protection rights listed in the
than football," he grins. "Like
the basketball teams with Cazzie
- they were really terrific,
"And there were Cliff Keen's
wrestling team's; the tennis teams
Bill Murphy has always had; tre-
mendous swimming teams under
Matt Mann and Gus Stager; and
Don Canham's fine track teams."
CHURCHILL DOWNS, KENTUCKY -
We have with us the two leading figures in the recent
controvqrsy concerning the, outcome of the 1968 Kentucky
Derby, Mr. Image and Mr. Pass. Mr. Pass was declared the
winner of the race after it was discovered that Mr. Image
had been drugged.
Mr. Image, I think the one thing that all America wants
to'know is, were you really drugged?'
Image: "I i'eally can't say. I was pretty high last Saturday.
And just call me Dancer's, man."
Look, Dancer's, you're the only one who can settle'this
thing once and for all. Were you drugged prior to the race?
Image: "Sure man, I had some grass before post time. Blue
grass. Any more questions?"
Did your trainer give it to you?
Image: "No, man, I roll my own,".
Don't be silly, horses don't have manual dexterity.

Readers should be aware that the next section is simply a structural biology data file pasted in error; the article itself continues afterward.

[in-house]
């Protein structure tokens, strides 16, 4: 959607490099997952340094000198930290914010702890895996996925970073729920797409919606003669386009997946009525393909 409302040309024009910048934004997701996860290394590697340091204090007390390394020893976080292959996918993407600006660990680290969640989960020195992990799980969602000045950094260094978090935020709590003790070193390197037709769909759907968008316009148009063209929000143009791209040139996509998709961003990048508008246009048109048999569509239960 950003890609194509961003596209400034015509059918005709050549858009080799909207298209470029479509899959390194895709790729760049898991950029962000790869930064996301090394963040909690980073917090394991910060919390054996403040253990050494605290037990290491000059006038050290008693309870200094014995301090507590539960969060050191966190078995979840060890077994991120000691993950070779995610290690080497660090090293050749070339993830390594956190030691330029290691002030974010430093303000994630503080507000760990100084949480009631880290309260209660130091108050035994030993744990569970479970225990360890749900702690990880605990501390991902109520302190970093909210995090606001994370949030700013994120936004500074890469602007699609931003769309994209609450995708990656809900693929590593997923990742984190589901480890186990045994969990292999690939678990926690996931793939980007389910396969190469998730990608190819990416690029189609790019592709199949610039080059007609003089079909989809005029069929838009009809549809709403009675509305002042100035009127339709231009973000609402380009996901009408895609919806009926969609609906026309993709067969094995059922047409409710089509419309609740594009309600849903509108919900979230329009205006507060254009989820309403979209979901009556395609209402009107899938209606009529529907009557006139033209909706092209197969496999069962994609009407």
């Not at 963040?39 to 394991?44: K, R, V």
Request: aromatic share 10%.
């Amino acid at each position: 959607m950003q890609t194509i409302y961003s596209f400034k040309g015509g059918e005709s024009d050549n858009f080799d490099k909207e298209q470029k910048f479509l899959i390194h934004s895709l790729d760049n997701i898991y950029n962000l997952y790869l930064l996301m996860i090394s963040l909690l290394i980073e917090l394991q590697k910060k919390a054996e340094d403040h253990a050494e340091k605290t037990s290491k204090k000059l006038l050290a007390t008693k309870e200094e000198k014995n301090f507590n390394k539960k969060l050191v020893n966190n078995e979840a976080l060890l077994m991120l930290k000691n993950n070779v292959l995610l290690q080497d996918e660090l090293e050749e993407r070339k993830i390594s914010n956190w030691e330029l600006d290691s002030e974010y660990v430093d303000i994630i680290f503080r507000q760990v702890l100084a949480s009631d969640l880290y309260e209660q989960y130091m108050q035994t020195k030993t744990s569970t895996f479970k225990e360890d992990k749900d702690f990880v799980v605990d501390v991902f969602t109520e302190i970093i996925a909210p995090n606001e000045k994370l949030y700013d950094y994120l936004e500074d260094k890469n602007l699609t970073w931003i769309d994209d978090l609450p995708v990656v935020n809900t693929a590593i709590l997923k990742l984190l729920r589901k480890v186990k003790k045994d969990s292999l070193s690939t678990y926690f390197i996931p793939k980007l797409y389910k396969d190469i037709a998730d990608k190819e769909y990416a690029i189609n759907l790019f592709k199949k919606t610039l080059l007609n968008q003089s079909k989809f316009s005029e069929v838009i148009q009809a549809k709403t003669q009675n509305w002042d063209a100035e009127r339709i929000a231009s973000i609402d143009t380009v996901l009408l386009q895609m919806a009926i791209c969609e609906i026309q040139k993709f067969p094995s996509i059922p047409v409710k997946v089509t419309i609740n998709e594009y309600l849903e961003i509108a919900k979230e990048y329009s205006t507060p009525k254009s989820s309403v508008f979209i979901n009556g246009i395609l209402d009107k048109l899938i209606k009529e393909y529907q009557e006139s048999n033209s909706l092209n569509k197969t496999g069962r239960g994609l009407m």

Image: "We can't talk either, but you keep asking ques-
I'll ask you, Mr. Pass r- uh, Forward - do you think
your colleague Dancer's, here, was drugged?
Pass: "Are you kidding? Dancer tried to push some stuff
off on .me before the race. Must have got hooked on it himself.
And you can call me Mr. Pass, thank you."
Is that true, Dancer's?
Image: "Well, how do you like that, busted by a nag nark."
* Then'you admit it?
Image: "Yeah, man I'm a junkie. You know, it started with
a little LSD in the sugar cube, next a little hemp in the hay, then
some grass in the grass, and now this-phenylbutazone. Some-
body told me it was speed, and I thought/it might help with the
Derby coming up."'
Did the other horses know about your condition?
Image: "Sure, they've been giving me the needle about it
for a long time."
What about the guy who rode you, Bobby Ussery?
Image: "I guess that makes him junkie jockey, doesn't it?"
Get serious, Dancer's. You've caused a lot of people a lot
of trouble. What do you have to say for yourself?
Image: "I can't wait till I get some horse. The drug that
One last question, Dancer's. Are you going to the Preak-
Etter smiles when he recalls
another great Michigan athletic
tradition - gymnastics.
"I remember Newt Loken com-
ing in here absolutely cold. He,
had to start from scratch to re-
new the gymnastics program and,
to get everybody interested. And
now look what he's done."
And to a sports publicist, what
can be more important ,than a
"That vas one of tlhe really
significant things that was done
while I was here," he points out.
"The old stadium press box
was of the old, open style, and
the reporters would have to shiver